Thursday, February 24, 2011


Hand hammered copper couscoussier. Need we say more?

Tuesday, February 22, 2011

I like this Sheep's face.

This is the Tunis Sheep, an american heritage breed, and this story has it all: historical figures, fame, death, near destruction, redemption, good wool, great milkers...

The Tunis Sheep is a descendant of the Tunisian Fat Tailed Sheep, a breed that exists mainly in Tunisia, but crosses the border into Libya and probably Algeria (see earlier posts on Liya!). But the birth of the Tunis Sheep for us begins with the birth of our country.

George Washington, looking very pastoral as the battle rages on.

In the mid-late 18th century, shortly after the Declaration of Independence was signed, George Washington received a small flock of sheep as a gift from the Bey of Tunis. They were placed with Judge Richard Peters of PA, who gave lambs away and made rams available to spread the breed. The Tunis Sheep soon topped the list of Most Popular Breeds in the states.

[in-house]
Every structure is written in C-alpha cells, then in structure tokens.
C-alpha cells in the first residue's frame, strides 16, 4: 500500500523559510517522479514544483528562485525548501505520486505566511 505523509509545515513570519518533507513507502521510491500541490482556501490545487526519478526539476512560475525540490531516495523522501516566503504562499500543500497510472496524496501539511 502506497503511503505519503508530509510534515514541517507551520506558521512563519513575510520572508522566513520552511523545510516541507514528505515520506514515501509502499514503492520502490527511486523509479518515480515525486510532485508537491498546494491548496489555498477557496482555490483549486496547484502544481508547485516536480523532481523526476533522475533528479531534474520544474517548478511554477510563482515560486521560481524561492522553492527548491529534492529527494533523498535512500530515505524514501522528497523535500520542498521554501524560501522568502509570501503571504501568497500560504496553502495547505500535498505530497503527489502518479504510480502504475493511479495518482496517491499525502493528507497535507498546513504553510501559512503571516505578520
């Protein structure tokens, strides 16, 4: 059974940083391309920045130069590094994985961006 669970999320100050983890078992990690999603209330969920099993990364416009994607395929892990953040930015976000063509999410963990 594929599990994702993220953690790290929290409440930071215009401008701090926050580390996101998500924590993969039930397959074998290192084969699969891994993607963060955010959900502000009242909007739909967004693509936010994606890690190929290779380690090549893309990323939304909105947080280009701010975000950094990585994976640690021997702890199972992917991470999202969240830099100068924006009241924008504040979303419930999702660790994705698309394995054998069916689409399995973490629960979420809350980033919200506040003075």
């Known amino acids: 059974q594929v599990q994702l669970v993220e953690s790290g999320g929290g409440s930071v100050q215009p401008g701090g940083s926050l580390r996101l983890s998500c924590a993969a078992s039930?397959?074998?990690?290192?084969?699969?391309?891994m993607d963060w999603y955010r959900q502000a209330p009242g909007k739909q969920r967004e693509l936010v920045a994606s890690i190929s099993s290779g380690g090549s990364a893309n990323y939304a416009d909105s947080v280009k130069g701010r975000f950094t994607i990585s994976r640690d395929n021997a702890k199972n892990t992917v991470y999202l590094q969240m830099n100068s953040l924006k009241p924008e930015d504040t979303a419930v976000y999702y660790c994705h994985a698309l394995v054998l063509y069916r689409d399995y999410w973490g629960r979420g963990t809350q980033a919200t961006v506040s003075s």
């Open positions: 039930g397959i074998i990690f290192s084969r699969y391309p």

By the Civil War, the south was flooded with Tunis Sheep. Then it flooded with worn, and hungry soldiers who ate everything in sight. By the end of the war the Tunis Sheep population was almost entirely decimated.

Hungry Civil War folk in fields, and hungry Civil War folk in front of a tent.

The remaining hundred odd pure Tunis Sheep were moved to the Great Lakes after the war and have been successfully bred in Michigan for the past century and a half. Of the four breeders currently producing Tunis Sheep in Michigan, four of them live within 80 miles of Ann Arbor.

These sheep are well loved for their gentle natures, great milk, wonderful wool, and delicately flavored, tender meat. As descendants of a desert breed they love pasture living and are very hardy. I can't wait to build a small herd full of these faces! Just look!
For more info on the Tunis Sheep check out the American Heritage Breeds Conservancy website:

Cocktails; loaves and fishes.

The Dromidaire

Bou Said Gin Fizz

Preserved Lemon Drop

One Happy Fish (Daurade)